Preserving the Historical in Venice

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When The Potter was built, Abbot Kinney’s ‘Venice of America’ was a booming leisure destination for Angelenos. Photo courtesy Venice Beach Suites & Hotel.

One of Venice’s oldest buildings, The Potter, is now officially recognized as a Culturally Historic Monument.

By Sam Catanzaro 

Every day thousands of people pass by 1305 Ocean Front Walk and pay no attention to the four-story residential hotel building. Recently, however, the City of Los Angeles recognized this building, known as The Potter, as a Culturally Historic Monument.

“It’s the oldest remaining beach-front hotel in Los Angeles to the best of my knowledge,” said Andy Layman, the owner of the building.

The four-story brick apartment building at 1305 Ocean Front Walk, is one of the few buildings left in Venice from the turn of the 20th century.  Photo by Sam Catanzaro.

The Potter was built in 1912 and is a rare example of an apartment house from this era. In the 1960s, many similar buildings were demolished, making the Potter not only one of Venice’s oldest buildings, but also one of the few buildings left in Venice from the 1910s. And despite some interior alterations, The Potter remains relatively unchanged.

“The Potter retains most of the essential character-defining features from its period of significance and sufficient historic integrity to convey its importance,” states a January report from the Department of City Planning.

When The Potter was built, Abbot Kinney’s ‘Venice of America’ was a booming leisure destination for Angelenos, who would take streetcars from Downtown to spend weekends and holidays at the beach. The Potter is one of many apartment buildings constructed at the time to accommodate the large influx of these tourists.

The Potter still functions as a hotel called Venice Beach Suites & Hotel, offering furnished suites for daily, weekly, and monthly rentals. Now that the building is recognized as a Culturally Historic Monument, Layman hopes to make renovations that will bring the hotel closer to its original state.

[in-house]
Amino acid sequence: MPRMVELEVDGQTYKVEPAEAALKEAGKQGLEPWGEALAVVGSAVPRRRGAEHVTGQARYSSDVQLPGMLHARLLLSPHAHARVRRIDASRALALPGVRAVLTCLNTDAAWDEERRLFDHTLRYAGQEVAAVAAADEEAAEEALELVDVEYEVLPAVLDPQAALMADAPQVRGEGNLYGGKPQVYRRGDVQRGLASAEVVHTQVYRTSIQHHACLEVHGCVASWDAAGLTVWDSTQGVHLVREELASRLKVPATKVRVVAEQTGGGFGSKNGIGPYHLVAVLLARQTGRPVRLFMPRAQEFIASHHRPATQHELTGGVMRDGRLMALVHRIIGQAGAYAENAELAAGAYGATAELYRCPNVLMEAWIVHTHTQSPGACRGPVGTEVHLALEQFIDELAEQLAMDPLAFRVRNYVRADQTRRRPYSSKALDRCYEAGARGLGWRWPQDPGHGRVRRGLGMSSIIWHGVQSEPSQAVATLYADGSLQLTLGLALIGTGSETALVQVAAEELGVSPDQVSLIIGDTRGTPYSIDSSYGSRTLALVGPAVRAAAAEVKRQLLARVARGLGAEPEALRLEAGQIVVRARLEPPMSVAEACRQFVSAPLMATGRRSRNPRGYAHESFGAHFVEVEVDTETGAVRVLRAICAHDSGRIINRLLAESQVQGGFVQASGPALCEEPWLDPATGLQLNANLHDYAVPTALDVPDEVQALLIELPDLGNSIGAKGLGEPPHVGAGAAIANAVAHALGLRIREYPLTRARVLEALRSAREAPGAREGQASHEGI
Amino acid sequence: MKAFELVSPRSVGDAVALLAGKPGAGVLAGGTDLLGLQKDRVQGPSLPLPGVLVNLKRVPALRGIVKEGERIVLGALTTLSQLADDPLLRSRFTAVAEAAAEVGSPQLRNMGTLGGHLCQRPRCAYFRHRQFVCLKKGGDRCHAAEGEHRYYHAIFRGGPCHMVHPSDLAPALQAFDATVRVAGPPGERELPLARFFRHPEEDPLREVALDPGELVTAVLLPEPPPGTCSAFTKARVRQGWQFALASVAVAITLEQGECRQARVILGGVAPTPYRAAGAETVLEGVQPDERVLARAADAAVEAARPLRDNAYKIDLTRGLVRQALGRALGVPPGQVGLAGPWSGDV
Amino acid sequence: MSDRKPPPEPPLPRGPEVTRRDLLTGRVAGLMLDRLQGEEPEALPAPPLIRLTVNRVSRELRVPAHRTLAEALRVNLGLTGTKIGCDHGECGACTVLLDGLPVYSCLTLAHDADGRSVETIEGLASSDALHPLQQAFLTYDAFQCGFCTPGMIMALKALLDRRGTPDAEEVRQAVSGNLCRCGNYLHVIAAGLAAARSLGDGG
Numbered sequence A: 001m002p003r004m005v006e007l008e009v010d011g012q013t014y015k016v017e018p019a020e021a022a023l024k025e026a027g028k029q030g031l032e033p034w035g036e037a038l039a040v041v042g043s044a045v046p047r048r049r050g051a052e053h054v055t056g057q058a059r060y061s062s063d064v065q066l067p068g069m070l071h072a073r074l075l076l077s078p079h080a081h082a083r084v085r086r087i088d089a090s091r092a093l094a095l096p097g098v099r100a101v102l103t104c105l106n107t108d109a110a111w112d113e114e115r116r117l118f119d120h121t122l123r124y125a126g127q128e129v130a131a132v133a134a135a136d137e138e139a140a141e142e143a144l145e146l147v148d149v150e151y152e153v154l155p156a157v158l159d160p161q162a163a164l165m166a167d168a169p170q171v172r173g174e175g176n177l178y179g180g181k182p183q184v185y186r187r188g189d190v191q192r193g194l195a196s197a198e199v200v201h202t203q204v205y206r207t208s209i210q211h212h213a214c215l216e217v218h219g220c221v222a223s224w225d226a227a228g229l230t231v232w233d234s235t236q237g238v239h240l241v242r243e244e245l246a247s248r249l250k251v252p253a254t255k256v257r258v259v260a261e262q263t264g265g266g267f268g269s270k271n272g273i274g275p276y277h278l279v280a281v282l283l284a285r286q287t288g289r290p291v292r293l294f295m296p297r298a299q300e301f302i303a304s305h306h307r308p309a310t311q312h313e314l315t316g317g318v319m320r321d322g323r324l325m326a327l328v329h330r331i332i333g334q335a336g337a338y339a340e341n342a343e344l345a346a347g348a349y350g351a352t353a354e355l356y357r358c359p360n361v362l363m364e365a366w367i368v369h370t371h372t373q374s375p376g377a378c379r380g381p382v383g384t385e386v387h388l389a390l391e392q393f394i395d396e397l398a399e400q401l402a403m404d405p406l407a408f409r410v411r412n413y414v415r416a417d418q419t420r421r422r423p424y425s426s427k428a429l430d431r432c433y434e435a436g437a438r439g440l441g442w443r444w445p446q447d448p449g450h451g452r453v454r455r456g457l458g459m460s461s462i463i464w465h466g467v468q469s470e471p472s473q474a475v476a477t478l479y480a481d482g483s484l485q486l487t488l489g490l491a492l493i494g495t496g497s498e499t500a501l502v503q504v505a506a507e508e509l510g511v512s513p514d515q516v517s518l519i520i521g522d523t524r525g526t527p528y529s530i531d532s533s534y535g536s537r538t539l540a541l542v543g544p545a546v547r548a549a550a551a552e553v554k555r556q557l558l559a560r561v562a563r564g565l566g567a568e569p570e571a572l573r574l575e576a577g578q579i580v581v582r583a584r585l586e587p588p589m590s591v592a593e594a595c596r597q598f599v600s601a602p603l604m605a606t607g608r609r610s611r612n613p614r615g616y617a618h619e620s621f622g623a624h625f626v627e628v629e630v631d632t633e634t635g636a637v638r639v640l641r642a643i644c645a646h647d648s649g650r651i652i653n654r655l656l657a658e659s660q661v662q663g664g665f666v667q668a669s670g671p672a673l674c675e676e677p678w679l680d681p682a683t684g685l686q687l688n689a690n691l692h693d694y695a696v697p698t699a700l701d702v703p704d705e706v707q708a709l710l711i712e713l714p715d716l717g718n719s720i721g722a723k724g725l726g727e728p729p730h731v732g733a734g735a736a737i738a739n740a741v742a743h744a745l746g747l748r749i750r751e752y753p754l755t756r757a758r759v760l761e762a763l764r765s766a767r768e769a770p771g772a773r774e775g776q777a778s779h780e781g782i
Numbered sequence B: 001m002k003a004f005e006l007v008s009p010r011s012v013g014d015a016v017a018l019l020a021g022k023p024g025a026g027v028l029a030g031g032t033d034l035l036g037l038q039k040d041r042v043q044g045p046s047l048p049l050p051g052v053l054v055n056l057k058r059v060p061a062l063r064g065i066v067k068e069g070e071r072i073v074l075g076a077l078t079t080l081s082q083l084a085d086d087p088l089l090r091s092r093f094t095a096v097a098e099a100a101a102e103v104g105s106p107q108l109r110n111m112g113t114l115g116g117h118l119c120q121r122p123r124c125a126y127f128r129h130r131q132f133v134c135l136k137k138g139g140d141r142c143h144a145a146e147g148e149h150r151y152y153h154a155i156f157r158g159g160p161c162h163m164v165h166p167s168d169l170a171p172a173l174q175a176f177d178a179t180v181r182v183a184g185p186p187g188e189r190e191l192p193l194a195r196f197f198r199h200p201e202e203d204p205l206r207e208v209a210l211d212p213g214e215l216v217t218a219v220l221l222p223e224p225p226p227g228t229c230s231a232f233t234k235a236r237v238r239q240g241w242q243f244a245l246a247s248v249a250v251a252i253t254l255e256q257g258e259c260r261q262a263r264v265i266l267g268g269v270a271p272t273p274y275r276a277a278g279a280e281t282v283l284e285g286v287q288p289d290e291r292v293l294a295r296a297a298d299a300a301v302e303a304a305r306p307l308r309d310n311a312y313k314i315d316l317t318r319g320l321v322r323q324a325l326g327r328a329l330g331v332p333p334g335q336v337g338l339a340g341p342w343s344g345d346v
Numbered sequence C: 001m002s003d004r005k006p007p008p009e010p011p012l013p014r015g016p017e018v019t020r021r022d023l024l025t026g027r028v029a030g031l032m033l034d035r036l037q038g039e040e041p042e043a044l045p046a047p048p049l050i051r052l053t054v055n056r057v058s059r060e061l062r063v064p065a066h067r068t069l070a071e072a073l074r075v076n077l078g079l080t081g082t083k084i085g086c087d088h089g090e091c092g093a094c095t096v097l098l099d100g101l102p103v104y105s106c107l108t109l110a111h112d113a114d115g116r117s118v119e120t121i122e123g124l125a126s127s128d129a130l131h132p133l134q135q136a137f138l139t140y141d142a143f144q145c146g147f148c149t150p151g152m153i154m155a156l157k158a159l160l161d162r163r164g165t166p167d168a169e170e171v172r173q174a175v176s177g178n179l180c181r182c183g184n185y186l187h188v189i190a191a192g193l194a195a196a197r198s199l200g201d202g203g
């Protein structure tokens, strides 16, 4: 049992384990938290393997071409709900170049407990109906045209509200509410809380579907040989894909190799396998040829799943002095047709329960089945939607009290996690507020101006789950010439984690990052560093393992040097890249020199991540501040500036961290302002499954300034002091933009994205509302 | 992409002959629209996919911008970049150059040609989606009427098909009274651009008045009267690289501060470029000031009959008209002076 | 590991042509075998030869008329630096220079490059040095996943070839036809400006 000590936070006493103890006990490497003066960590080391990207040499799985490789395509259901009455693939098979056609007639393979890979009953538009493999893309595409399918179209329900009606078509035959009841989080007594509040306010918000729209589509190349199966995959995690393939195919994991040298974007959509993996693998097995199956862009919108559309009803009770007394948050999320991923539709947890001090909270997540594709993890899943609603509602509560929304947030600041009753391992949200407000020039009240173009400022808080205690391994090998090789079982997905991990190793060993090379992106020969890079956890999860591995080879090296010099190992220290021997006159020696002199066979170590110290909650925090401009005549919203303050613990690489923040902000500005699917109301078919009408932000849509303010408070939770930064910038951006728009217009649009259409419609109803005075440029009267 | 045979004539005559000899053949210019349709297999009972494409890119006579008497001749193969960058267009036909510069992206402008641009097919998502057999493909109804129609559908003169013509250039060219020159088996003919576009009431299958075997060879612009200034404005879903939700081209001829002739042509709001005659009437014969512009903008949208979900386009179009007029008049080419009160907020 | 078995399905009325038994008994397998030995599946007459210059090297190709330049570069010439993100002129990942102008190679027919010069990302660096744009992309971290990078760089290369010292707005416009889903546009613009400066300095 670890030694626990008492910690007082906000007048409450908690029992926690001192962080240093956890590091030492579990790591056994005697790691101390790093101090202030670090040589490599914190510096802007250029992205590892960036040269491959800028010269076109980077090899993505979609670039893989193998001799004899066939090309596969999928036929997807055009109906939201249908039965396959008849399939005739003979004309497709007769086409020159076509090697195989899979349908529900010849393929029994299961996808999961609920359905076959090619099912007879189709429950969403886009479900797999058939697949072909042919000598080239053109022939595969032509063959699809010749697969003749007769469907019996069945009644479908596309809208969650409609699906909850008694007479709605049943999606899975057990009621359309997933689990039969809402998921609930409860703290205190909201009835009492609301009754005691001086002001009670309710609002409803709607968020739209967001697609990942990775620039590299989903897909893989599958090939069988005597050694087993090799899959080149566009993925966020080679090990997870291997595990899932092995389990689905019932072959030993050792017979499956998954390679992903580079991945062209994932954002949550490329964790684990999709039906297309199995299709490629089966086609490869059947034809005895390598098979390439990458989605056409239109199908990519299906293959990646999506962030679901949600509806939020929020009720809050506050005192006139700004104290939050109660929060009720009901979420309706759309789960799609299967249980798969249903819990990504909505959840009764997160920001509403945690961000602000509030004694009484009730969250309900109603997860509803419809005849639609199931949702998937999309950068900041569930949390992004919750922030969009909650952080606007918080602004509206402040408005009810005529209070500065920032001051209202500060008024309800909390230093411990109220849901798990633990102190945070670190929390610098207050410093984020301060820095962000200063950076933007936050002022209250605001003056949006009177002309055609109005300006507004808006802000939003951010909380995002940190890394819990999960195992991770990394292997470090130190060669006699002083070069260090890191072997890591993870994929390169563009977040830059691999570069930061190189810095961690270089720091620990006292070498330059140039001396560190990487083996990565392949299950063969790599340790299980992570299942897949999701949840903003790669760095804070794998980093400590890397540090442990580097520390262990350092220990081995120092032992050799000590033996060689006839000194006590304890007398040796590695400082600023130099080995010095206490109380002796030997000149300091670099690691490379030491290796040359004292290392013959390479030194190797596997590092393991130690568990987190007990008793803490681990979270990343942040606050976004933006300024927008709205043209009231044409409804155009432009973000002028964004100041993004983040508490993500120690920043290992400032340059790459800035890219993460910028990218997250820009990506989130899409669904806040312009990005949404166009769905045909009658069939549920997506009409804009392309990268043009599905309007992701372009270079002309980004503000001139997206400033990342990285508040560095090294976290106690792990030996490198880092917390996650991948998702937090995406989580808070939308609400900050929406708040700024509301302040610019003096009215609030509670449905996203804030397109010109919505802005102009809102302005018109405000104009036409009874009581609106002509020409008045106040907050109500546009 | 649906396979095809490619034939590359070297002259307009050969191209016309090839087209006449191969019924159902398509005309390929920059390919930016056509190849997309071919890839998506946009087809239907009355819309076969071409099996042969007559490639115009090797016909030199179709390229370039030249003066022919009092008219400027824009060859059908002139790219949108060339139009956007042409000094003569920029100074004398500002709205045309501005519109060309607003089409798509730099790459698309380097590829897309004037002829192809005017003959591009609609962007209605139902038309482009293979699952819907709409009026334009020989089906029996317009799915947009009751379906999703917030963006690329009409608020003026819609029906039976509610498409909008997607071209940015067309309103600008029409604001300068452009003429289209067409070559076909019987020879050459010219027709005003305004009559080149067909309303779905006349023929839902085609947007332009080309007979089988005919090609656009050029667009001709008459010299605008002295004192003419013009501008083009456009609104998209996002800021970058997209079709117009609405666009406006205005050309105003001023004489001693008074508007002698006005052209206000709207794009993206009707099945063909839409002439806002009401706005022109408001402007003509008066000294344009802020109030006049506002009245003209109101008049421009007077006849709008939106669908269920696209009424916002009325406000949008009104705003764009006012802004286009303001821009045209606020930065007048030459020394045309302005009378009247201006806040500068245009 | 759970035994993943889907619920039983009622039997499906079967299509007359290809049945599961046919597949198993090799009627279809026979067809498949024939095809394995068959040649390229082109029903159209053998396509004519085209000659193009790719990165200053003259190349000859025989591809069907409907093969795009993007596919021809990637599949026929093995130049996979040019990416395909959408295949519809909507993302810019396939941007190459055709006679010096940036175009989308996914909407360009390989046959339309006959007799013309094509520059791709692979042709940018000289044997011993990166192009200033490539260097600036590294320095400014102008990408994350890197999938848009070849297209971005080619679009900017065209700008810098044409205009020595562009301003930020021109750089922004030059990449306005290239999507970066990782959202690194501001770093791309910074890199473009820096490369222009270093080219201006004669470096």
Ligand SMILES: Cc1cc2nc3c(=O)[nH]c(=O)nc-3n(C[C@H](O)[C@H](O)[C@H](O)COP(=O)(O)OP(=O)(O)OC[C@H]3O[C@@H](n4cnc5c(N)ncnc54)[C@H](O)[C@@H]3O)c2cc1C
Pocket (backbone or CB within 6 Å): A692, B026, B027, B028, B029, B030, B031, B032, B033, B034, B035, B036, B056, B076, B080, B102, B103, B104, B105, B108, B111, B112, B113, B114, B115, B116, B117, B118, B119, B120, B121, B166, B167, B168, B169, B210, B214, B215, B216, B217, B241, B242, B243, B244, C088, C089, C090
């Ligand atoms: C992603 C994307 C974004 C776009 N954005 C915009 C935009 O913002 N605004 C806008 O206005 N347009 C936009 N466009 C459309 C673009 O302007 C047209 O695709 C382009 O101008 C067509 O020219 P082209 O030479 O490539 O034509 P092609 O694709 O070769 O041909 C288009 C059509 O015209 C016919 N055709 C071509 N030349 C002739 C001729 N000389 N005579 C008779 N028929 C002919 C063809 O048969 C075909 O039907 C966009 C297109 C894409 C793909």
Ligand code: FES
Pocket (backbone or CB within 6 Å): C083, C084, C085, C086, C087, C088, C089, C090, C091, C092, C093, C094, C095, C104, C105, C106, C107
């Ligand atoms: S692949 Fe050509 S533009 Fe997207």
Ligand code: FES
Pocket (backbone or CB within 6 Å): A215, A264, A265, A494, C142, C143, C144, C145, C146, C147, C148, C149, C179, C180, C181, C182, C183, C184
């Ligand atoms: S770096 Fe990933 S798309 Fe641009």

“We will be restoring the original lobby, including oak paneling and possibly adding a penthouse which was part of the original building,” Layman said. “I am very proud of Venice and very proud of this building being such a major part of Venice.”

Recently, the City of Los Angeles recognized this building, known as The Potter, as a Culturally Historic Monument. Photo by Sam Catanzaro.

The recognition by the City also means that Venice Beach Suites & Hotel will not have to conform to various parking requirements and mandatory upgrade regulations. Layman says this will make the renovation process easier.

Venice Beach Suites & Hotel is also currently being sued by the City for illegal Airbnb activities, though Layman says this is unrelated to the Culturally Historic Recognition. The complaint alleges that the owners and managers of The Potter have been operating the building as a hotel, yet the Certificate of Occupancy issued by the City does not allow this.

“In a city with a profound shortage of affordable housing, unlawfully converting rental units to operate hotels has got to stop,” said City Attorney Mike Feuer in a press release in 2016 when the case was filed.

According to Frank Mateljan, Deputy Director of Community Engagement and Outreach for the City Attorney, the trial for People V. Venice Beach Suites, LLC is set for May 16, 2018.

Built in 1912, The Potter is one of the oldest buildings in Venice. Photo by Sam Catanzaro.
When The Potter was built, Abbot Kinney’s ‘Venice of America’ was a booming leisure destination for Angelenos. Photo courtesy Venice Beach Suites & Hotel.
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